3. In the same way, the “soul” does not continue to exist outside of the body, where it may experience postmortem joy or anguish.
  4. It is assumed by the Hebrew Bible itself that the deceased are simply dead—that their corpse rests in the grave and that they will never regain awareness again.
  5. However, in the majority of cases, the term “Sheol” is just a synonym for “tomb” or “grave.” It’s not a location where people really go to hang out.
  6. The fact that there was no life at all, and so no family, friends, talks, food, drink – and even communion with God – made death so depressing: nothing could make an afterlife existence more pleasant since there was no life at all, and hence no wonderful afterlife existence.
  7. To be honest, the most one could aspire for was an enjoyable and exceptionally long life in the here and now.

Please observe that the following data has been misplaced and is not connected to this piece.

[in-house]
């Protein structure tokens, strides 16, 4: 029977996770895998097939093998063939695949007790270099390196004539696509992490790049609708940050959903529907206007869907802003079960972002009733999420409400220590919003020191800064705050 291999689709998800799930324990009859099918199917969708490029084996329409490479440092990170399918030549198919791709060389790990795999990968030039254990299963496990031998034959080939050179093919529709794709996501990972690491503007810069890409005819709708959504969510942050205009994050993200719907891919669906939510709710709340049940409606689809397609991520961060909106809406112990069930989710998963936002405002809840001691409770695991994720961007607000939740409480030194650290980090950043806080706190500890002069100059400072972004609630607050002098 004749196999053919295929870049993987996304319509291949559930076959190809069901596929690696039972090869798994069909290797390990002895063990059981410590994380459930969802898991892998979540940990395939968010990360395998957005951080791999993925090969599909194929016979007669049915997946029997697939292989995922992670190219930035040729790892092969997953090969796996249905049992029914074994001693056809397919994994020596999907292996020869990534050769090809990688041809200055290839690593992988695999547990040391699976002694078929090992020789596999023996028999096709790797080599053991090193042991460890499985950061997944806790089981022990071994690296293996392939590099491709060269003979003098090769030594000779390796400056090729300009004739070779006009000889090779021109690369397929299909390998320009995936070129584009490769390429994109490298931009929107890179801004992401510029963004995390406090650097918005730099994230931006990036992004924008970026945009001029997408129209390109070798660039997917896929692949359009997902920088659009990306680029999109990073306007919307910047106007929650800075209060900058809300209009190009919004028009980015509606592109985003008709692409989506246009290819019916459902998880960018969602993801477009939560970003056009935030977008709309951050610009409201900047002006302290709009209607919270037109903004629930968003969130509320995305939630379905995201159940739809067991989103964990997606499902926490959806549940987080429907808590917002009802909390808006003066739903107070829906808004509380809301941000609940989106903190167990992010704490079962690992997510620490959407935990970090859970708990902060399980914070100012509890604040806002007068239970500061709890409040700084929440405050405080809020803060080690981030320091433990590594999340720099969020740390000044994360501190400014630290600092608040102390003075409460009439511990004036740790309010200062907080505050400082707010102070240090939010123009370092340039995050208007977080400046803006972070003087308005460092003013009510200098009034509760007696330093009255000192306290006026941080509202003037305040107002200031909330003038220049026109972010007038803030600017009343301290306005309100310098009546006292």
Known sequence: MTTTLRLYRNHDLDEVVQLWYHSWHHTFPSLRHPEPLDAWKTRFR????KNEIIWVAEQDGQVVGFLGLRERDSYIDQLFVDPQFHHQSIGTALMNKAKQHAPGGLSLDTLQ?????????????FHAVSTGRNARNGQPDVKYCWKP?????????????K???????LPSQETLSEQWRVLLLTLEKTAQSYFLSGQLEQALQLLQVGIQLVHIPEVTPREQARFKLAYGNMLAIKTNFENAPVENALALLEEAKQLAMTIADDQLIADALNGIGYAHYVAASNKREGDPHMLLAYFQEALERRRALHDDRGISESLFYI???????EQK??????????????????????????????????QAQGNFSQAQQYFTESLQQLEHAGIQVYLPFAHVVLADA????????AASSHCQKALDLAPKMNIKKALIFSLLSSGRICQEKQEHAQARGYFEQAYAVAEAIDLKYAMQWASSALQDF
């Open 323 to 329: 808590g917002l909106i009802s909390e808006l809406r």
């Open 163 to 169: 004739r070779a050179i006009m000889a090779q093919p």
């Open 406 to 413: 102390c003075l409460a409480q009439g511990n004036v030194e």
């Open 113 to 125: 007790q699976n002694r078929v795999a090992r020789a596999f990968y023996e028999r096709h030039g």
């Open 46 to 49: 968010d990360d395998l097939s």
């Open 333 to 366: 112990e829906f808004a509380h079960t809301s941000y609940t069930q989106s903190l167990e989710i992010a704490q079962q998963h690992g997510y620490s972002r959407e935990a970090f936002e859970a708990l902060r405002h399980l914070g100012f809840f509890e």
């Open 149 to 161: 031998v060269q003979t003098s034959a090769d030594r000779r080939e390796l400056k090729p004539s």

The belief that there was something beyond death—a form of justice to come—began to spread among Jewish philosophers some two hundred years before the birth of the Messiah.

However, the flaws in that line of reasoning were immediately apparent: God’s own people Israel suffered repeatedly, brutally, and frustratingly as a result of natural disasters, political crises, and, most significantly, military defeat.

Some philosophers came up with a solution that described how God would bring about justice, but one that did not require eternal happiness in a paradise above or eternal pain in a hell below, as had previously been proposed.

In spite of the fact that God is the ultimate master of the universe, he has temporarily ceded authority of this planet for an unexplained cause.

Heaven and earth are about to be thrown into chaos when God intervenes to destroy everything and everyone who stands in his way, and to usher in a new kingdom for his loyal followers, the Kingdom of God, a paradise on earth.